Yes, I realize that the official Global Cardboard Challenge happened back in October, but cardboard is timeless 🙂 I did actually hold the Cardboard Challenge in our makerspace with my students in October, but between FAME and AASL, I hadn’t gotten around to blogging about it. So here you go.
About the Cardboard Challenge
If you aren’t familiar with the Cardboard Challenge, stop what you’re doing right now and watch the Caine’s Arcade video above. It’s beautiful and inspiring and the basis behind the Global Cardboard Challenge started by the Imagination Foundation. I always start my Cardboard Challenges by showing my students this video.
The Cardboard Challenge is one of my favorite projects that we do in our makerspace every year. Last year I focused the theme around designing arcade games; you can see some of my students projects in my post here. This year, I have a larger group of students in our afterschool Makers Club (between 15-25 most weeks) so I decided to make it open ended. My only rule for students was that their projects had to be at least 75% cardboard. The things they came up with amazed me.
Facilitating a Cardboard Challenge in Your Makerspace
If you are wanting to facilitate a Cardboard Challenge in your Makerspace, there are tools that can make your life easier. I bought two Skil 4.0 V Lithium Ion Power Cutters for our challenge, and before the next one I plan to buy at least two more. They’re rechargeable, safe and easy to use. They make quick, clean cuts on cardboard and many other materials.
I also make sure to have at least four hot glue guns around, as they’re the best tools for attaching cardboard. Yes, some of my students still touched the tip after I warned them not to. But they work.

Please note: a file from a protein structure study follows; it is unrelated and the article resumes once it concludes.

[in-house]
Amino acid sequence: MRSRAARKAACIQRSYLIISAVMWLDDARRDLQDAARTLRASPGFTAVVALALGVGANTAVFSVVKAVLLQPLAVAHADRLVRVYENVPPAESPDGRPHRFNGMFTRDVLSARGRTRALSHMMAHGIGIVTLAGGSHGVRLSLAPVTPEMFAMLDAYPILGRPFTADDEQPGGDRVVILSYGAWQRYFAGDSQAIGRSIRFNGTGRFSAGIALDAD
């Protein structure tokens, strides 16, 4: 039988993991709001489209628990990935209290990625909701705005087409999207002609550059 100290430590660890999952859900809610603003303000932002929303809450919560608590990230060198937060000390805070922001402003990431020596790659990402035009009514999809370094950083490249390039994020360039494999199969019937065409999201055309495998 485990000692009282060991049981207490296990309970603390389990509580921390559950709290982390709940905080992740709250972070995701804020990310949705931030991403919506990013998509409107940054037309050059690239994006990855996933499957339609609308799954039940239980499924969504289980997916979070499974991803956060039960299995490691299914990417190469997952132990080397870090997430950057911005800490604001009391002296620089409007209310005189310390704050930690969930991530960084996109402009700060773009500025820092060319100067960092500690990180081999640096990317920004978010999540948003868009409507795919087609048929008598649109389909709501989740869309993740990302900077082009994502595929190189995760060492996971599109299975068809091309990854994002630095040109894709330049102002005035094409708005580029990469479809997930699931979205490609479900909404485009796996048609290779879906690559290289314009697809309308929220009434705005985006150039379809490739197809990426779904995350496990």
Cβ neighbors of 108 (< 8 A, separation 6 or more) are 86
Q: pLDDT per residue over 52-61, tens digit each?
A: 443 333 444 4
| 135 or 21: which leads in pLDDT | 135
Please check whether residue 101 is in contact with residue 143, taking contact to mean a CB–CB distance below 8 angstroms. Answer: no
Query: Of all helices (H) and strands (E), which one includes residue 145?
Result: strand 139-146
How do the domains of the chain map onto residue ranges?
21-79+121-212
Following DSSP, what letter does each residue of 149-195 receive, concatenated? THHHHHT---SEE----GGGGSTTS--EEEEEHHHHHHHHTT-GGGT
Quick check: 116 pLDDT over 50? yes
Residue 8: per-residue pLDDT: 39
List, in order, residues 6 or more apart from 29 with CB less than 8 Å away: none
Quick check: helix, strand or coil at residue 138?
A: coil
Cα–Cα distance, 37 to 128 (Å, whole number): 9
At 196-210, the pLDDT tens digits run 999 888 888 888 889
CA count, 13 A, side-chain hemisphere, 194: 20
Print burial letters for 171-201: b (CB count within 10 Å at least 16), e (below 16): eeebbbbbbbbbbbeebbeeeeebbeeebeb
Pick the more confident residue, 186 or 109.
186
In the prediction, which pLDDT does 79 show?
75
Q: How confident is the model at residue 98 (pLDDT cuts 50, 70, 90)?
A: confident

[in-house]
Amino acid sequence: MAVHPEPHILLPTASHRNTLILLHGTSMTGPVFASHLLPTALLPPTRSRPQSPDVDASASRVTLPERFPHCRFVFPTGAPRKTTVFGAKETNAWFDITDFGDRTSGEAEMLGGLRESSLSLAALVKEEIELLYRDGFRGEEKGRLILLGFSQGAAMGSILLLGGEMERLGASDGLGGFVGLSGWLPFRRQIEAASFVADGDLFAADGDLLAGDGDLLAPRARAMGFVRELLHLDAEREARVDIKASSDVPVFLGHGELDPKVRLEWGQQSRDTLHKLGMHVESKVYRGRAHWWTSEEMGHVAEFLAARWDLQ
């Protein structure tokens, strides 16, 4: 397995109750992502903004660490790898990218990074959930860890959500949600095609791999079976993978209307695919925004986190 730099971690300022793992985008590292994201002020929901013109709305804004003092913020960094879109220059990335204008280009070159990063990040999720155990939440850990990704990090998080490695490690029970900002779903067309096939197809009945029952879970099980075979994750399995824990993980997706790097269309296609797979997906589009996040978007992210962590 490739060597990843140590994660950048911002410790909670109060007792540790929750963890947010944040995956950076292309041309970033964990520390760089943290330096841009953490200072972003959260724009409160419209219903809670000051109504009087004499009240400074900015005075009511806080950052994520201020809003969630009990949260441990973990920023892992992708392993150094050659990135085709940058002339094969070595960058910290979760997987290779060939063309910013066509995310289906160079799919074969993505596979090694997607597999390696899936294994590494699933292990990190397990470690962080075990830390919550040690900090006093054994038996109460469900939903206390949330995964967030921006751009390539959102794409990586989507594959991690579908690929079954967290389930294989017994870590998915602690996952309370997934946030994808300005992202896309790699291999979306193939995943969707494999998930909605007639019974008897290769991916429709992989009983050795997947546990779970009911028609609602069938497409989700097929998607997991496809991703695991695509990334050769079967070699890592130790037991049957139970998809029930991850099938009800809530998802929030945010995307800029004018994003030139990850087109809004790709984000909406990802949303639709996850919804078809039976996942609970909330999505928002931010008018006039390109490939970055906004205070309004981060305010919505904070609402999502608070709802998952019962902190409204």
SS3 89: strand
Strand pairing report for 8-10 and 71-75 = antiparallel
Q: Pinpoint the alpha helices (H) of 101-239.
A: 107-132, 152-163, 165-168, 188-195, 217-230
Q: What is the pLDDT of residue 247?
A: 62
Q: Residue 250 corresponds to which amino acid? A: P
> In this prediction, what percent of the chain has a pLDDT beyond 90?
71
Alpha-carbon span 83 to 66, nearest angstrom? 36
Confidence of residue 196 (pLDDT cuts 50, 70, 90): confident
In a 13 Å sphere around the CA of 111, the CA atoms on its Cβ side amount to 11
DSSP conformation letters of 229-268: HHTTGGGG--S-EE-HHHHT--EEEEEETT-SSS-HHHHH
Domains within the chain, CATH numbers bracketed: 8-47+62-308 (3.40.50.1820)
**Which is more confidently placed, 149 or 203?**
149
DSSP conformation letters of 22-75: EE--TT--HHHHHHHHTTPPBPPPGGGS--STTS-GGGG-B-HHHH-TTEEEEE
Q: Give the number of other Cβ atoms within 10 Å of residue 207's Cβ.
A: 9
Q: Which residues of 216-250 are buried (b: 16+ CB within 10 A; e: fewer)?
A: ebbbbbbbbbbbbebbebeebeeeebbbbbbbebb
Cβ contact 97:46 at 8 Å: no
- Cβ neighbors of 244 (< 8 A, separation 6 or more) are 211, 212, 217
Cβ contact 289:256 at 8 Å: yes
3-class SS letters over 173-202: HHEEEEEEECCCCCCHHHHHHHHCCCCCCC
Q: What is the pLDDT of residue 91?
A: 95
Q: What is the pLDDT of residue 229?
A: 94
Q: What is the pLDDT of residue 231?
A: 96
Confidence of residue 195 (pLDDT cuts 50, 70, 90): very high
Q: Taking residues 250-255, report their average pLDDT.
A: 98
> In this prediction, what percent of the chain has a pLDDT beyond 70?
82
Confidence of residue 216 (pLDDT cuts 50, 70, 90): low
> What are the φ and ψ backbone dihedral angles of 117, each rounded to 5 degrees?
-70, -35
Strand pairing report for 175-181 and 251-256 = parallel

I also make available packing tape, acrylic paint, aluminum foil, rubber bands, markers and a variety of other materials.
Organization of Materials
Find a method of organizing your cardboard. Seriously, do it now. I didn’t have a good method when I first started and our Maker Room looked like a hoarder’s home – you couldn’t walk in for all the cardboard strewn everywhere. And our custodians almost threw away my students projects. For our organization, I modified an old book display using bungee cords and zip ties.
My students came up with some amazing projects during our Cardboard Challenge. I love the range of ideas they came up with since I let the challenge be open ended. One student designed and painted his own cardboard building, complete with windows and a smoke stack, and called it the Jeff Factory (I think Cardboard City might be a future design challenge for us). Another built a robot suit, which he wore home. Several students worked together on two rocket ships, one based on the Nyan Cat meme, another which was more of a traditional rocket with wings and engines made from soda bottles. Another created a cardboard hat for one of his K’nex creations, and another built a reading fort.
Sharing it out
One of the most important parts of running a design challenge with my students is finding a way for them to share what we’re doing. Part of that is sharing out their projects through my social media channels, including Instagram, Twitter, and Flickr. But I also think that it’s crucial to give students an opportunity to share with their peers about their own projects. As luck would have it, around the same time that we were working on the Cardboard Challenge, Patti Flesser of Deer Path Middle School in Chicago, IL contacted me about having our students Skype with one another. They’re planning on starting a Makerspace, and her students wanted to interview students at a school with an active makerspace. This made for a fantastic opportunity for my students to share about our space and share the projects that they had made. Check out her video of the Skype call here.
Have you ever held a Cardboard Challenge with your students? What was your favorite part of the experience?